Classic Reads

Classic Books for Curious Minds

  • Crime and Punishment

    February 19, 2021 by

    Crime and Punishment toys with unique political, psychological, and philosophical ideas, exploring questions about morality, society, and human motivations.

  • Revisiting Cú Chulainn

    February 12, 2021 by

    When I was studying abroad in Ireland during my senior year of undergrad, I had the privilege of taking an Irish mythology course. In it, I was introduced to Irish greats like Cú Chulainn and Fionn mac Cumhaill (Finn McCool).

  • The Door in the Wall by H.G. Wells

    January 30, 2021 by

    H.G. Wells (Herbert George Wells, 1866-1946) was a great English novelist who considered himself more of a journalist than a poet. He is arguably one of the fathers of science fiction, two of his most well-known science fiction works being The Time Machine and The War of the Worlds. Wells grew up in poverty and… Read more

  • A Day in the Country by Anton Pavlovich Chekhov

    January 29, 2021 by

    Anton Chekhov was an interesting writer. He was born in Russia in 1960 and died in Germany in 1904. During his life, he wrote many plays and short stories in his distinctive, simple style. He wasn’t trying to show off his literary prowess. Rather, he focused on seemingly trivial, day to day aspects of life… Read more

  • Facing Shame: Families in Recovery

    January 21, 2021 by

    I read this book to better understand the system of my shame-based family of origin and how to break free from those patterns.
    I also want to help people, especially in the church, to recognize and move from unhealthy, shame-based patterns to healthier ones.

  • Bible for the Busy Woman: Matthew 1:18-25

    January 18, 2021 by

    Today’s passage is Matthew 1:18-25, which talks about the awkward situation Joseph finds himself in when Mary is pregnant before they had “come together,” and how God orchestrated events to make Joseph Jesus’ (adoptive) father.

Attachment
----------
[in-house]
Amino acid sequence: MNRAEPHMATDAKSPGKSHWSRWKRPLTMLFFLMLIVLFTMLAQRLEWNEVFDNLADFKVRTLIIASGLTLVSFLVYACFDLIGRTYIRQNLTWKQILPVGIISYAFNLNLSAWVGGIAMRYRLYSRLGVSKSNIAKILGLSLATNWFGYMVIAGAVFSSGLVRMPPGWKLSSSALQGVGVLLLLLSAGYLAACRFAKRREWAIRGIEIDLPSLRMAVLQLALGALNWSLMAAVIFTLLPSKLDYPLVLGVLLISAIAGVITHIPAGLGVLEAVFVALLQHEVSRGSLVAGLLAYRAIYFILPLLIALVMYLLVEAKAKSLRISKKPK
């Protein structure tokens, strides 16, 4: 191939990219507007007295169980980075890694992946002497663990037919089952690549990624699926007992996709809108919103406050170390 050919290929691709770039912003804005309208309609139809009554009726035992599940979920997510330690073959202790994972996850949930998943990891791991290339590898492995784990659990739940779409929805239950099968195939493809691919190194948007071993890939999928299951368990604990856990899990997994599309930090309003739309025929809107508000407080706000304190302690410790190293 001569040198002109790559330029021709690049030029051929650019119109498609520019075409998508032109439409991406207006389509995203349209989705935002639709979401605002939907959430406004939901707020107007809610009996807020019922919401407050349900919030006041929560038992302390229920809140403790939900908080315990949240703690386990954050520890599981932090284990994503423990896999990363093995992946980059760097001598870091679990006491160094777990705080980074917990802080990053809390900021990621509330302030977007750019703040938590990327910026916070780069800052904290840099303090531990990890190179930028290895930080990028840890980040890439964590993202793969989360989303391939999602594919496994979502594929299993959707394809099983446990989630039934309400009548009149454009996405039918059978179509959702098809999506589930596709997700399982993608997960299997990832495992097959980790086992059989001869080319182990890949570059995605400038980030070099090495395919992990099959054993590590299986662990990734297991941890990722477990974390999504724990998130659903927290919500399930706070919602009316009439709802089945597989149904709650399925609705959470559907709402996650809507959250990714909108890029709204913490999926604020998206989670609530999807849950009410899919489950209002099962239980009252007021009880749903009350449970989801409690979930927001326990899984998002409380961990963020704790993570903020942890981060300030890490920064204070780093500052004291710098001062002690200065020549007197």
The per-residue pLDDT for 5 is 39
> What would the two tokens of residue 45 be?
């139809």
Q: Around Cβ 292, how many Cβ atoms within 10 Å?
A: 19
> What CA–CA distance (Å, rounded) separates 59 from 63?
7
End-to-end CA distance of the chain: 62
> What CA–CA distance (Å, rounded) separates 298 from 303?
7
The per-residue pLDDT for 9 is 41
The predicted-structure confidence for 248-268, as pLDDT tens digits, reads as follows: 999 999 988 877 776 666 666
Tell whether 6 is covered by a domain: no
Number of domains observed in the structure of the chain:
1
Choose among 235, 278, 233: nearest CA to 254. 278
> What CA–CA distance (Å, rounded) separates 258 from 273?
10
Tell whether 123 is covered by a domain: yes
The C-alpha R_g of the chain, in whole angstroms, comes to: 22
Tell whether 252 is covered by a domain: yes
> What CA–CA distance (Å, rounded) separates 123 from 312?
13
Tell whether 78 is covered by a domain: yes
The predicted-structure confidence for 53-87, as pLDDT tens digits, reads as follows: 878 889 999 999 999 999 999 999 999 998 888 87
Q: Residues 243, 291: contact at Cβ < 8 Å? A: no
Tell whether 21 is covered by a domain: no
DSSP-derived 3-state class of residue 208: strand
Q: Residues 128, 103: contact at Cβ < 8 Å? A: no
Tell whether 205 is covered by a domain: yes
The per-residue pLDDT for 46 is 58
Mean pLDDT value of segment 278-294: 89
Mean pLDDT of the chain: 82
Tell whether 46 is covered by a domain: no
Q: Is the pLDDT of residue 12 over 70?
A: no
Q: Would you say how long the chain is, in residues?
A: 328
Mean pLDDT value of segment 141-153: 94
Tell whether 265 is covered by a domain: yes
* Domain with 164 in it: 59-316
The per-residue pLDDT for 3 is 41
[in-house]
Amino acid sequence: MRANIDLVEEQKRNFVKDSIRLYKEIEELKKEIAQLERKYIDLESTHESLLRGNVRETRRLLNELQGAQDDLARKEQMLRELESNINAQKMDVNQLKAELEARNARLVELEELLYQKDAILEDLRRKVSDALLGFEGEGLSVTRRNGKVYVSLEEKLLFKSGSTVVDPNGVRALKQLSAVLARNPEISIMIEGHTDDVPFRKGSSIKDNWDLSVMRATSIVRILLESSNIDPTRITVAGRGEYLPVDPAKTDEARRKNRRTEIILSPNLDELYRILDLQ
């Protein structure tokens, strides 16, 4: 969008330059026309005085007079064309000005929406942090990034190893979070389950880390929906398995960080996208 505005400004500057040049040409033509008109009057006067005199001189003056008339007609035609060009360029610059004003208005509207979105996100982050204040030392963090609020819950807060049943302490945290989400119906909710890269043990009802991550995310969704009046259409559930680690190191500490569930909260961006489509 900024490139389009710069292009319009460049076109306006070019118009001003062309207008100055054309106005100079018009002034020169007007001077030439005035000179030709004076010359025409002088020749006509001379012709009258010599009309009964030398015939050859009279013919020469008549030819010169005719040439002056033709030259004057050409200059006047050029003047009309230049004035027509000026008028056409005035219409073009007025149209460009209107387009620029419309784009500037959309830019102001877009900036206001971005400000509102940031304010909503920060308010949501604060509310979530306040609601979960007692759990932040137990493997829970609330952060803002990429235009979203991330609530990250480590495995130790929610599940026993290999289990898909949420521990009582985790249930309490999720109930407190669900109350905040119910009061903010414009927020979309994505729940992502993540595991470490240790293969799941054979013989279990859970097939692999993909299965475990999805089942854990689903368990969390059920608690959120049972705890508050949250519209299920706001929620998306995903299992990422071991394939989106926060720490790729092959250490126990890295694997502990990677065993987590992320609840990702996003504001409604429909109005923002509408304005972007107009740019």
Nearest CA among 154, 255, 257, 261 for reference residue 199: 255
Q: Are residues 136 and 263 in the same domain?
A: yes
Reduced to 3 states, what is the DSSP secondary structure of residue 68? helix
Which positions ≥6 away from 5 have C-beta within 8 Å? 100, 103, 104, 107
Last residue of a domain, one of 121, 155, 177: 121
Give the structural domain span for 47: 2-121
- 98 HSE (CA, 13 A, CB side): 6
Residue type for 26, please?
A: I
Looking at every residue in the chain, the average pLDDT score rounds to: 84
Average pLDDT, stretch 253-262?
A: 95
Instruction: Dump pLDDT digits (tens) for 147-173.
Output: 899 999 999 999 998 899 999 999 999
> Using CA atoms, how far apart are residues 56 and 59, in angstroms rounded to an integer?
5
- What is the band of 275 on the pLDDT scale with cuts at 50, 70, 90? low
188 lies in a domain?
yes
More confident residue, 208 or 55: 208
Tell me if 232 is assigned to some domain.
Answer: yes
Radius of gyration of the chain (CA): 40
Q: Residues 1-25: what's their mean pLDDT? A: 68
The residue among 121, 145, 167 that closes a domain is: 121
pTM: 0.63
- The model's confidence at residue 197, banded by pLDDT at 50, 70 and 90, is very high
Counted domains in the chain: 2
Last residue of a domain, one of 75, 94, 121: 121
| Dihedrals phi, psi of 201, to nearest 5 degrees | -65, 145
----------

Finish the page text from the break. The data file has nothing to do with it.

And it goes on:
• Annals of A Quiet Neighborhood

    January 8, 2021 by

    Annals of A Quiet Neighborhood seems like it is the closest to autobiography as anything of MacDonald’s I’ve read. As you get into the story, you discover that many of these characters have dramatic and scandalous backstories, but all of them are in need of one thing: redemption.

  • Goal Setting for 2021

    January 4, 2021 by

    For the New Year, I have a LOT of goals! I try to think of specific areas of growth or things I want to focus on doing more of or getting better at.

  • A Real Life Hallmark Town

    December 21, 2020 by

    Like many, I enjoy watching the Hallmark Christmas movies each year. Though they get increasingly predictable, sappy, and contrived, I still like seeing the Christmas decorations and how a group of people come together to solve a problem. Recently, I spotted a story on Thrillist when I was looking for information for 2021 travel plans.… Read more

  • Advent Week 4: Love

    December 20, 2020 by

    “All you need is love,” sang the Beatles and many others over the years. Love might just be all we need, but this also prompts another question, which philosophers have pondered in song: What Is Love? I think the most compelling definition of love is the giving of oneself for another. In short, love is… Read more

  • Chicago Christmas Photos

    December 15, 2020 by

    Since we haven’t been able to go out and explore Chicago this Christmas, I’ll have to share some photos from last Christmas. Hopefully, once our apartment is decorated and if we drive through a Christmas lights display I will have some more to share. The Museum of Science and Industry, Chicago I loved seeing all… Read more

  • Third Sunday of Advent: Joy

    December 13, 2020 by

    We all experience joy in our lives, even if it’s just for a moment. This week of advent we celebrate joy. There are many joys in the Bible’s Christmas narrative, but one encapsulates them all: the Messiah is coming!

  • Christmas Classics: The Three Kings

    December 3, 2020 by

    Henry Wadsworth Longfellow was a well-known, 19th-Century American poet, astute scholar, and world traveler. Though The Three Kings is not his most popular work, I wanted to share it with you, in the spirit on the Christmas season.

  • NaNoWriMo Week 4

    December 1, 2020 by